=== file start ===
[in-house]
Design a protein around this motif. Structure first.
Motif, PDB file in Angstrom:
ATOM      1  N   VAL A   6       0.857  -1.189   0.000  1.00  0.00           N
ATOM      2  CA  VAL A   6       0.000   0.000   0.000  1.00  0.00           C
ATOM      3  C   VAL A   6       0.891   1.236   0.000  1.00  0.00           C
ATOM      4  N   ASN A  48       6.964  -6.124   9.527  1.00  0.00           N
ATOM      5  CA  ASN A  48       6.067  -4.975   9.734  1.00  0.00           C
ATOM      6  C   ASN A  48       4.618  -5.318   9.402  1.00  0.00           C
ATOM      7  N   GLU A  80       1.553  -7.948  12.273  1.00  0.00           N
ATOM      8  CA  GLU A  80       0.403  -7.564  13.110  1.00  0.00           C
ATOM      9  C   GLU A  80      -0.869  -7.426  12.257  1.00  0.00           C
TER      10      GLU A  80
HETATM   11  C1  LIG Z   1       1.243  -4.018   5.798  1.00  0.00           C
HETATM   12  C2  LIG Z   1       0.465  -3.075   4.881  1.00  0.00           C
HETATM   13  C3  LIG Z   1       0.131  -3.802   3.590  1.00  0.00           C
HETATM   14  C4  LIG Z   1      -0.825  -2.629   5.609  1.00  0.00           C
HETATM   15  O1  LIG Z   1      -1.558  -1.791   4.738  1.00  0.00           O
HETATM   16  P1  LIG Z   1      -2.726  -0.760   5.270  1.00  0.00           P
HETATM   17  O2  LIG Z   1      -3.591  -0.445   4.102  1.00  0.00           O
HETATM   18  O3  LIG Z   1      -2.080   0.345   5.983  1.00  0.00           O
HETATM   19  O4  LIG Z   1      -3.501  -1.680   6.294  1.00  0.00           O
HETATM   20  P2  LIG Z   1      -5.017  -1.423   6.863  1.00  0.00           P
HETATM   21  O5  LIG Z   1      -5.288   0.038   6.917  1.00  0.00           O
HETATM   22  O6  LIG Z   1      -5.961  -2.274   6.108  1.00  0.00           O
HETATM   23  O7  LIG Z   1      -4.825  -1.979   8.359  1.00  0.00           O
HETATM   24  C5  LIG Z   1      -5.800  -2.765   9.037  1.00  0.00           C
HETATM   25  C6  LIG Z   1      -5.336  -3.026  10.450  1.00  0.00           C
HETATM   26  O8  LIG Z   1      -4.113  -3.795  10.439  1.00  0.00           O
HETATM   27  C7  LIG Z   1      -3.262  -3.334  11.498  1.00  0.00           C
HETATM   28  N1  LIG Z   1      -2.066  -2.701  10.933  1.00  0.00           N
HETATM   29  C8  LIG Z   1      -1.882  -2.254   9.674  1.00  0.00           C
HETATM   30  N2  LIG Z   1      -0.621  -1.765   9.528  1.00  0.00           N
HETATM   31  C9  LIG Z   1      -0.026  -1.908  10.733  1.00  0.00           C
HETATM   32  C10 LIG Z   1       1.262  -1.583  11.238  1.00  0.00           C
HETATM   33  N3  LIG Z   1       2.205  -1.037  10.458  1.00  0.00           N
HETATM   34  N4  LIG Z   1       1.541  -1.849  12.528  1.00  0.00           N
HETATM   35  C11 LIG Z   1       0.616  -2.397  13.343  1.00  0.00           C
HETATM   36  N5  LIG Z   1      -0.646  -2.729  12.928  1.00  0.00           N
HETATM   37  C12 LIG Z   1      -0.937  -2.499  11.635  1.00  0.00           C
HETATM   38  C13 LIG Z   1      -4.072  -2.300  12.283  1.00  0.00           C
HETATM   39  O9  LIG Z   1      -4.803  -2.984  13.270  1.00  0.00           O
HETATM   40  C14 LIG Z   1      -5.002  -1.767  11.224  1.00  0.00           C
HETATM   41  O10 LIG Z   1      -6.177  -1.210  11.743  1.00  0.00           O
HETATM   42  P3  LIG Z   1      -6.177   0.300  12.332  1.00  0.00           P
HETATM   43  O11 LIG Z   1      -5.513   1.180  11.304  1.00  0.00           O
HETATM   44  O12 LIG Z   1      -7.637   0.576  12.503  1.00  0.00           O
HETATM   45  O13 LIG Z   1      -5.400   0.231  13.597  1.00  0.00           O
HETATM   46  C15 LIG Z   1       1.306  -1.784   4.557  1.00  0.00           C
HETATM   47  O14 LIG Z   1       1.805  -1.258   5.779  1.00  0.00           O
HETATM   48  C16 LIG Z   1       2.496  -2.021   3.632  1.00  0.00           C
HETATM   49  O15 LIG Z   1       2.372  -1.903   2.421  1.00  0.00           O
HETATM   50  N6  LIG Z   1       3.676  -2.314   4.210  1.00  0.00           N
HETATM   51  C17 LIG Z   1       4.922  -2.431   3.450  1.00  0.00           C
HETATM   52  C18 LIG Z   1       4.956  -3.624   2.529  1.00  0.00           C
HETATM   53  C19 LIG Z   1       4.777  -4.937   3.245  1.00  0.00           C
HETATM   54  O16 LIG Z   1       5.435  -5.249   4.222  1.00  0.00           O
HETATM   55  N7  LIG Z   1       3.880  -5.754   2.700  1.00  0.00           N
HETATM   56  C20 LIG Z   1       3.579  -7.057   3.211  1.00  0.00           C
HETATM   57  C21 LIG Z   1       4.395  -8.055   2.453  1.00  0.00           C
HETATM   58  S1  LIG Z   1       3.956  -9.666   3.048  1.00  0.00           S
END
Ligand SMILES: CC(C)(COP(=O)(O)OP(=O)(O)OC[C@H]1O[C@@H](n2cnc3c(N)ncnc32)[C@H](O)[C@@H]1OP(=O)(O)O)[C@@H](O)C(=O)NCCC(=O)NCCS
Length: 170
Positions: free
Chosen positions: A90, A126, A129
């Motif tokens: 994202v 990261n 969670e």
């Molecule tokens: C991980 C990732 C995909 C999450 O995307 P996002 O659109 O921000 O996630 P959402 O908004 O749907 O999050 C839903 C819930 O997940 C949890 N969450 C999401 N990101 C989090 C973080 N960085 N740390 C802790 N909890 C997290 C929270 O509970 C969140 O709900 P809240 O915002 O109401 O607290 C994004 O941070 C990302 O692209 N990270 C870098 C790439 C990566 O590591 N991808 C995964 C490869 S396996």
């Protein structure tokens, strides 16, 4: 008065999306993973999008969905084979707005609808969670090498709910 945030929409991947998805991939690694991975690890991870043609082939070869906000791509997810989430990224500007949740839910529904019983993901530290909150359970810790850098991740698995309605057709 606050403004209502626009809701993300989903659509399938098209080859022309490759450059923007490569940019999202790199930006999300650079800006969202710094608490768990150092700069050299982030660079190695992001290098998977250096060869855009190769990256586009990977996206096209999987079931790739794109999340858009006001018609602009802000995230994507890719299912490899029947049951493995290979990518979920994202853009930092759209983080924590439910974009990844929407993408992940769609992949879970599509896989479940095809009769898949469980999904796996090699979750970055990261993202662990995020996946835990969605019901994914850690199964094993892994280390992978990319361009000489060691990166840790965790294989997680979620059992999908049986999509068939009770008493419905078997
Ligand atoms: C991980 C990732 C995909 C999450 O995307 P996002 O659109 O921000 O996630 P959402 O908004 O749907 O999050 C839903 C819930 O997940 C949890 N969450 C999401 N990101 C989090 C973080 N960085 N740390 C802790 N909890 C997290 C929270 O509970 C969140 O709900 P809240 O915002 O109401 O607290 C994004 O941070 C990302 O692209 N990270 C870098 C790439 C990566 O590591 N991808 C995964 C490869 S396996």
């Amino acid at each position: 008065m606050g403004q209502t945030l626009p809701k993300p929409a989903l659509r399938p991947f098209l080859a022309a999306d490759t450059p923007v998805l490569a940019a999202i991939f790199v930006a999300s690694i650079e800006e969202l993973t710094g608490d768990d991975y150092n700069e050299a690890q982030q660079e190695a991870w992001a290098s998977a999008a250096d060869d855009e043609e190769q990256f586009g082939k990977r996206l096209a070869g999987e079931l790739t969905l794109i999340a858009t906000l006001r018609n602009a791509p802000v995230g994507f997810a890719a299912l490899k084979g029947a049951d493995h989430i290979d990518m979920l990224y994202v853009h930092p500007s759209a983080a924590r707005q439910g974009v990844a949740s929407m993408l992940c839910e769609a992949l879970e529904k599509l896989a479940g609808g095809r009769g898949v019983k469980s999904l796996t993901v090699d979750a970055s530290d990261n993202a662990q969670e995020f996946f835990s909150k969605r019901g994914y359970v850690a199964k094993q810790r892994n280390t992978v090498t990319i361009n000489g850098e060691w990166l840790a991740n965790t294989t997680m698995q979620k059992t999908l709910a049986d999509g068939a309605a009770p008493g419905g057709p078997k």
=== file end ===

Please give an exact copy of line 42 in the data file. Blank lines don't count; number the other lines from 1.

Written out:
HETATM   39  O9  LIG Z   1      -4.803  -2.984  13.270  1.00  0.00           O